Exploring the history of Phoenix, Arizona and a little bit of Los Angeles and San Francisco, California. This blog is advertising-free, and is supported by my subscribers on Patreon. History adventuring posts are shared there daily. The basic tier is a dollar a month, and the PhD tier, which includes "then and now" photos, billboards, aerials, videos, and super high-definition photos, is five dollars a month, and is discounted for seniors, veterans, and students. If you're a subscriber, thank you! You make this happen!
Living in Phoenix, and surviving Valley Fever
If you live in Phoenix, you've survived Valley Fever. Luckily, you only get it once, and once you've survived it, you'll be fine. And chances are that you never even noticed it, it probably felt like a mild cold, or maybe even a bad one. So, congratulations on surviving!
Valley Fever (I have to Google this, hang on) is a fungal infection caused by coccidioides (kok-sid-e-OY-deze) organisms. I got that from the Mayo Clinic site. You get it by breathing in the spores that live in the desert dust. OK, that's as technical as I'm gonna get. You can go read more if you want to, but I'd rather not.
I survived Valley Fever when was I was 19, and got to spend some time at the County Hospital at 24th Street and Roosevelt. I had a neighbor drive me there, and he and I had no idea where to go, and it was kind of an emergency. I later found out that I was covered, as a college student, under my parents' insurance, and I could have gone to any hospital, but at the time I didn't know. And they took good care of me there.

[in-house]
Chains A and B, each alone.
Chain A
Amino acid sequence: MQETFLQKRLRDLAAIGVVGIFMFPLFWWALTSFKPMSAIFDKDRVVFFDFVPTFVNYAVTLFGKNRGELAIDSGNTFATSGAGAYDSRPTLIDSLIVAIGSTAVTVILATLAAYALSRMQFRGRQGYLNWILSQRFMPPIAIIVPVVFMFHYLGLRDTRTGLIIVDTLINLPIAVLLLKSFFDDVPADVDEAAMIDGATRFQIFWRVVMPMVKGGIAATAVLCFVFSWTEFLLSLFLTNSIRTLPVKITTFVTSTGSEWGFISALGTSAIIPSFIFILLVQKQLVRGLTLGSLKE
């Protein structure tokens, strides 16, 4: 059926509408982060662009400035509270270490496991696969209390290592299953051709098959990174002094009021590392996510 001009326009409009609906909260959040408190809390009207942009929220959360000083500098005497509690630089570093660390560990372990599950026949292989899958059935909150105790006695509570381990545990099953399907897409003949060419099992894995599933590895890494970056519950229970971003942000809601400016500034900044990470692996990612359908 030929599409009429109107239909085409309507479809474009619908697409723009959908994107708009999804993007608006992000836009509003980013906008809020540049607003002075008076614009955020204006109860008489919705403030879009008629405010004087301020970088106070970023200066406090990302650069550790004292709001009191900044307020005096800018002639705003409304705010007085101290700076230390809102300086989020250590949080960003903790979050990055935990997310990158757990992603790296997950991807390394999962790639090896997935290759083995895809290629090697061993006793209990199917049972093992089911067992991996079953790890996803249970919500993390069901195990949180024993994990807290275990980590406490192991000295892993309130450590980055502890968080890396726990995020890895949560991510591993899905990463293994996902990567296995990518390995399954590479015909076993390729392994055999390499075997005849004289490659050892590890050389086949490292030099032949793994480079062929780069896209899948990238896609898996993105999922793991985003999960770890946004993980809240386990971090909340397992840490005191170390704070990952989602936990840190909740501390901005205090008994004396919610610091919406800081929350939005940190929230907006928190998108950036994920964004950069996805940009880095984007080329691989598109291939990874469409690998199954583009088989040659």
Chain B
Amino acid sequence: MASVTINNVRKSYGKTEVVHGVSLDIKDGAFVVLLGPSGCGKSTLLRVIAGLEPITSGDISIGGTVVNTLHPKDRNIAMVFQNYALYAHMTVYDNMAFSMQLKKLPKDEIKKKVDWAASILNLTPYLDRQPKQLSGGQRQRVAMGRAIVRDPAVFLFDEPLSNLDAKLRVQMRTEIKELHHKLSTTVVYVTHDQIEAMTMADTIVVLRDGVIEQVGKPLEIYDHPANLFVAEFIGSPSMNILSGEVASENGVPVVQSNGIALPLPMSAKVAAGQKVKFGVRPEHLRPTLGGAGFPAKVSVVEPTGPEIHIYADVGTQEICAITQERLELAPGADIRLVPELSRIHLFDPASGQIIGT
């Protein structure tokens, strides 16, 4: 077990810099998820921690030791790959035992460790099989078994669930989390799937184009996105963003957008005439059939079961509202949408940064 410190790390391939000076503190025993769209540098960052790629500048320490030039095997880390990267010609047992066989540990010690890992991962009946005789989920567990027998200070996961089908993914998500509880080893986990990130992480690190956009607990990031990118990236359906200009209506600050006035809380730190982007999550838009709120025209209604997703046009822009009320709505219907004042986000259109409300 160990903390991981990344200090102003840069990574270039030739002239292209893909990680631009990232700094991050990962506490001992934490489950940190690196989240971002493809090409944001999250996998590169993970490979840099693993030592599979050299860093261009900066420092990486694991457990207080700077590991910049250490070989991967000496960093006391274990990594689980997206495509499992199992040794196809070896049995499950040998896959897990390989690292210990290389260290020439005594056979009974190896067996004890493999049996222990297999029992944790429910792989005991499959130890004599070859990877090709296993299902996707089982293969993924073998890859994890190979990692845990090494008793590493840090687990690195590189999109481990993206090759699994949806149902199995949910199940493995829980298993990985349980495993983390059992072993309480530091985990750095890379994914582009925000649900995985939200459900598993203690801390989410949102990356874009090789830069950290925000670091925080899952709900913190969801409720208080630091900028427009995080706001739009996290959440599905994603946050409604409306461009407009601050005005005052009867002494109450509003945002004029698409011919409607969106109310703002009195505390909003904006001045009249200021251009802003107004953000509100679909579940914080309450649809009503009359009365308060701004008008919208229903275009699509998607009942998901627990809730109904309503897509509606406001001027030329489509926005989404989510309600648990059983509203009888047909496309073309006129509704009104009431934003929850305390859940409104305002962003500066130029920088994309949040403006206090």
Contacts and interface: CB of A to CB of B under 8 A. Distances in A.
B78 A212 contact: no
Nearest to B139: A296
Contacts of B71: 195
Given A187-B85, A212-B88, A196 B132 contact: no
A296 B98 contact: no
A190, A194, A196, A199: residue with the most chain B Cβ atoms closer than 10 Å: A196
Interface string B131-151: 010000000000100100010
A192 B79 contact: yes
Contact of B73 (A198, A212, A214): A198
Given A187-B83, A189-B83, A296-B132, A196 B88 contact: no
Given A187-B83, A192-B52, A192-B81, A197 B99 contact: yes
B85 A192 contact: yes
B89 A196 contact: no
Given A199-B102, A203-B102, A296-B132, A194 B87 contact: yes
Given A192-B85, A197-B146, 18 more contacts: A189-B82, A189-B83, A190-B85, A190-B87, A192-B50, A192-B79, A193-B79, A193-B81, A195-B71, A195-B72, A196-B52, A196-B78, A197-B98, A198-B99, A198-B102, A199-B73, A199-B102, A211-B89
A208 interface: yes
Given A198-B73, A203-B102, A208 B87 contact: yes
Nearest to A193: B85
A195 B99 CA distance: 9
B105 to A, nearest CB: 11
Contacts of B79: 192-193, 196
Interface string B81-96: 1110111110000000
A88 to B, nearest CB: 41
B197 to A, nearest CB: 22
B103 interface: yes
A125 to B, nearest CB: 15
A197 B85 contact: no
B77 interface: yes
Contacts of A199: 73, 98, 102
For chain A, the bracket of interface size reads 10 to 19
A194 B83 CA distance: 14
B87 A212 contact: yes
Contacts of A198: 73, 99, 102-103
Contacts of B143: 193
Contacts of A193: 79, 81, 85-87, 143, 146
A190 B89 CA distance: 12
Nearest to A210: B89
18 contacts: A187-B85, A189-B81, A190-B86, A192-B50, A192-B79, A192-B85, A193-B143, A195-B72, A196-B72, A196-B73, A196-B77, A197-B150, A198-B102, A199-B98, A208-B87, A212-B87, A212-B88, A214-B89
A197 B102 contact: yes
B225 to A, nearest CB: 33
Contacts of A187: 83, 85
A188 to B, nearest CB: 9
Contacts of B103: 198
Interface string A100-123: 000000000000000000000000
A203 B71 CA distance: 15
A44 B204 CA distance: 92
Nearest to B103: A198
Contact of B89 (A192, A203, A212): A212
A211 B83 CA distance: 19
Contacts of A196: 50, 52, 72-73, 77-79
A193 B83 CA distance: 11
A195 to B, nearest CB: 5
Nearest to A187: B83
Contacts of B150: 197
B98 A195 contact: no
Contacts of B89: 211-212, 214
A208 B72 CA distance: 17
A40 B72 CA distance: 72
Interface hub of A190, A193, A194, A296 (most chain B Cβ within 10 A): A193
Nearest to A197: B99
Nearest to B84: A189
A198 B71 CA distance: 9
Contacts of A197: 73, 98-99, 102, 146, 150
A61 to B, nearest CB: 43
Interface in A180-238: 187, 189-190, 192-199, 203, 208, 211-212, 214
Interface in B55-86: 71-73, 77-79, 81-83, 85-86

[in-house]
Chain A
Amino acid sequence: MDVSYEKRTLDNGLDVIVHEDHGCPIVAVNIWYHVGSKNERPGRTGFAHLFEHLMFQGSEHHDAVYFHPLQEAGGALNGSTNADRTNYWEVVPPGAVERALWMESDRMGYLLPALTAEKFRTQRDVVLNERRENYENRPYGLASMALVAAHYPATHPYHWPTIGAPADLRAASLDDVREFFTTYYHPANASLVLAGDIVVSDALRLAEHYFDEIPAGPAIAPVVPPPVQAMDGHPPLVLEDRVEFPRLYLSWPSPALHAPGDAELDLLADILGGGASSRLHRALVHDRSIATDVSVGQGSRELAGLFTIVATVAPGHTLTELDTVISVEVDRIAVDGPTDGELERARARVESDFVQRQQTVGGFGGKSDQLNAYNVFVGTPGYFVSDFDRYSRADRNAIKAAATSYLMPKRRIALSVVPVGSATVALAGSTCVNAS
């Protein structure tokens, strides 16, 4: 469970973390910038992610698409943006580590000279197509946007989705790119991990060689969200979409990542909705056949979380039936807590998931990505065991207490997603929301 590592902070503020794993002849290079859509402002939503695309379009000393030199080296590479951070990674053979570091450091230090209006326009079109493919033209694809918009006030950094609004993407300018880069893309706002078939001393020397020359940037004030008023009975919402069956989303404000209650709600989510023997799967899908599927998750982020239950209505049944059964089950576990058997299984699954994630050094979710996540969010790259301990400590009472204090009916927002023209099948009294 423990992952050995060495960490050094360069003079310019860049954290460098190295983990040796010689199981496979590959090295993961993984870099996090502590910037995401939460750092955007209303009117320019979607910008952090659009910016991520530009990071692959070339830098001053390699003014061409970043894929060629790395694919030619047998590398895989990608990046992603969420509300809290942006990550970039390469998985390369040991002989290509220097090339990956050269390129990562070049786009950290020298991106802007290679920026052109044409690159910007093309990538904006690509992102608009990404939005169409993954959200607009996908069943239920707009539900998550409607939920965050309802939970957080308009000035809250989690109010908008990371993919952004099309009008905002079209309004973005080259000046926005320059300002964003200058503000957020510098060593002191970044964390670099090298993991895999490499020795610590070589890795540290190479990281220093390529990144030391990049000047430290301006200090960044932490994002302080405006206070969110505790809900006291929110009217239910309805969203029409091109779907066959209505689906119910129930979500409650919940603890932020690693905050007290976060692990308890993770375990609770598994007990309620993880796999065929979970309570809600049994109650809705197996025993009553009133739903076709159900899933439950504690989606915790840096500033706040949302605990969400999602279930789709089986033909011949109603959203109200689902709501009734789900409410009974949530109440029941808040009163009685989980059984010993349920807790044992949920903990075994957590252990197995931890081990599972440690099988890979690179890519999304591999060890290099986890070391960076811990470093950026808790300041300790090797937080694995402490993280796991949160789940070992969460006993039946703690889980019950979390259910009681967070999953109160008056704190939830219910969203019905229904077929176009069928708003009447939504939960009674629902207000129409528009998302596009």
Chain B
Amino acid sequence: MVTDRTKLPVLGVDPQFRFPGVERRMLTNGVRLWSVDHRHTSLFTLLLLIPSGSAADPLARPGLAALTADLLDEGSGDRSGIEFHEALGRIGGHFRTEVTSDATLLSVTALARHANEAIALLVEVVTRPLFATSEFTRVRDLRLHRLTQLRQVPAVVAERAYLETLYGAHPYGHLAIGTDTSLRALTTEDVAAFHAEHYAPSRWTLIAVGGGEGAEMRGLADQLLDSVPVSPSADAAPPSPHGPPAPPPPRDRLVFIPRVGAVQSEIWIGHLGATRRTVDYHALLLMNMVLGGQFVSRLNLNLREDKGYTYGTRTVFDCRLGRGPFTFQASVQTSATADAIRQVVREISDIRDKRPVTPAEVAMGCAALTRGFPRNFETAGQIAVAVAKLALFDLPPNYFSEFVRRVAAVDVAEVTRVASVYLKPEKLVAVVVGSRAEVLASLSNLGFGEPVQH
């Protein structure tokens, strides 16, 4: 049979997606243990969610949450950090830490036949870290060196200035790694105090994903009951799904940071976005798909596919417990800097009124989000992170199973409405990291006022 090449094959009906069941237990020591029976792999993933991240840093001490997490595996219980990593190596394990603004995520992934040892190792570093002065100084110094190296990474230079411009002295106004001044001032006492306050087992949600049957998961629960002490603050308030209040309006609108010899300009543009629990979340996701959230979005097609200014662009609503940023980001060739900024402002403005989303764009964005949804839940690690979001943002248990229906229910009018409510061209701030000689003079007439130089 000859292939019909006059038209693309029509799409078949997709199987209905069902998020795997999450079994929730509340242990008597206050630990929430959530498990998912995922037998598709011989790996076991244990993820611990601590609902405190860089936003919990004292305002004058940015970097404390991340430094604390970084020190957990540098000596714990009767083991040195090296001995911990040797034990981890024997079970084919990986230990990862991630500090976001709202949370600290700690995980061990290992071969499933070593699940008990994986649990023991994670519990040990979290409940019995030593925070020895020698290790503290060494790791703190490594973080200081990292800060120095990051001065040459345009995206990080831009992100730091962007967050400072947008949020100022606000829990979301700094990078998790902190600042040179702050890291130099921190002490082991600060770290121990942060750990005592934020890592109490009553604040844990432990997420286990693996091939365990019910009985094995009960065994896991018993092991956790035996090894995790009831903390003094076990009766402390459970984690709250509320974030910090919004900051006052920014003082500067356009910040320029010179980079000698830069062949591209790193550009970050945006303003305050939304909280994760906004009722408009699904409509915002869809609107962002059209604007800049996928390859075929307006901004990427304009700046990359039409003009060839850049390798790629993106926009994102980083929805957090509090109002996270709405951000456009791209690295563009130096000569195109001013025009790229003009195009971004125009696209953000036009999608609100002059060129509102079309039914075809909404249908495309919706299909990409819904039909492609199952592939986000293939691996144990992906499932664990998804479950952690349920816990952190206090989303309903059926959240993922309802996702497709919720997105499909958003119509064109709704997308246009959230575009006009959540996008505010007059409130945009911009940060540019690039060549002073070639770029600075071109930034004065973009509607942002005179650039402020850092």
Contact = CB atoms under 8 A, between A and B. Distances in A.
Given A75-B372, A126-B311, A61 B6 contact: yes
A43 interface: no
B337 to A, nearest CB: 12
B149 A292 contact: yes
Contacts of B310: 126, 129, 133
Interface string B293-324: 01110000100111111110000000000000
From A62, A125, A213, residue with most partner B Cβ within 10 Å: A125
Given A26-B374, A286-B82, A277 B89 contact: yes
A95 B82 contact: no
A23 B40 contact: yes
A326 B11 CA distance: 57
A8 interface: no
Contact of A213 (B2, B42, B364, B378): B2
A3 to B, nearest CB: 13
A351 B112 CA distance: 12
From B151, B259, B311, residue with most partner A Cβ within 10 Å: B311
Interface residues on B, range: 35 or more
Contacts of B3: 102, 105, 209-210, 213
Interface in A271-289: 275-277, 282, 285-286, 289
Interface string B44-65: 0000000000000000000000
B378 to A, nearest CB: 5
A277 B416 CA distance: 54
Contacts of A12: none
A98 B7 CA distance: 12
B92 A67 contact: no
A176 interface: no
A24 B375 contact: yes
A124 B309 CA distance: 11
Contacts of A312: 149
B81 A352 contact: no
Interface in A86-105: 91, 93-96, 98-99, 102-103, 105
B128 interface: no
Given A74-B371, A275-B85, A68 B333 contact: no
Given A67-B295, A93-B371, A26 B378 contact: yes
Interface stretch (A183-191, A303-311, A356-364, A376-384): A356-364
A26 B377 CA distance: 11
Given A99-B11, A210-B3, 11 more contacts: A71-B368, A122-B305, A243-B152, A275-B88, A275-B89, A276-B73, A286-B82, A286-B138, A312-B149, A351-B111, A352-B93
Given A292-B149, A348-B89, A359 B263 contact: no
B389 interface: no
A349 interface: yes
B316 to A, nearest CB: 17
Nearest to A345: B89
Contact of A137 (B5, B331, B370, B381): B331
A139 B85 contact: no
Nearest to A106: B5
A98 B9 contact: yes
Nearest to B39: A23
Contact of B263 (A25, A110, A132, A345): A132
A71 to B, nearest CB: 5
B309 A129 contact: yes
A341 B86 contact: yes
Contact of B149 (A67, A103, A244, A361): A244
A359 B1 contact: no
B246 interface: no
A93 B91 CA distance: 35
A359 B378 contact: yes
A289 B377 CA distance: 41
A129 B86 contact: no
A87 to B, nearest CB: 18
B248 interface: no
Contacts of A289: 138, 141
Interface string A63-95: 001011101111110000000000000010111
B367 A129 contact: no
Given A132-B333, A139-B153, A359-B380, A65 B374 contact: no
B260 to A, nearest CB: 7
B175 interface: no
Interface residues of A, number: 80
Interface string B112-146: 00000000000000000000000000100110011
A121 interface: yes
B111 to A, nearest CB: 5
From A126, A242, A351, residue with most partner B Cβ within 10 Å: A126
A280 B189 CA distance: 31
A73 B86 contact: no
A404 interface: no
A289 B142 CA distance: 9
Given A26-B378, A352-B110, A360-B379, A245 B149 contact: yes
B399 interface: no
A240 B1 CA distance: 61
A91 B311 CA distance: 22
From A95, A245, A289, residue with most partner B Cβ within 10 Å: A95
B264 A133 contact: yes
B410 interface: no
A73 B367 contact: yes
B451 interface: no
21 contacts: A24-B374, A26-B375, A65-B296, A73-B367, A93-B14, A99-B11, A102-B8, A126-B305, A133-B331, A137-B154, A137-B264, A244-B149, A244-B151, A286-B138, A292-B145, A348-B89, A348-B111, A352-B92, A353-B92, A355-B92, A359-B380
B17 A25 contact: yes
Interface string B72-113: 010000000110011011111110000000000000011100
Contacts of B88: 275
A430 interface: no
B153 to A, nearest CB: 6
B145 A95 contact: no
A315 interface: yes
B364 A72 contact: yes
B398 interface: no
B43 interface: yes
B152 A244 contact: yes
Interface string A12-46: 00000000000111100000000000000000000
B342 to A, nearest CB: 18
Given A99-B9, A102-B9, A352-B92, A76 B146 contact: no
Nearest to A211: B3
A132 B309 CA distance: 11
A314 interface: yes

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History Adventuring blog posts are shared there daily, also there's "then and now" photos, billboards, aerials, and super high-resolution photos of historic Phoenix, Arizona
I reacted with spots, and pneumonia. The spots were interesting, and since the County Hospital is a place for doctors to learn, I got many visits and requests to show off my spots, which went away in a few weeks. I also got my back pounded on, which I guess helps to clear up lungs that get congested. I don't remember much about it, but I do remember asking the nurse if people die from this, and she just quietly said, "yes."
In the hospital room, I remember thinking how beautiful Phoenix was, and how much I wanted to see the blue skies and the palm trees again. I did, and I survived. And if you lived in Phoenix, you survived, too. Congratulations! Now go out there and enjoy the blue skies and palm trees!
Image at the top of this post: the Palo Verde trees in bloom in the spring by the Superstition Mountains, Apache Junction, Arizona.
Posted by Brad Hall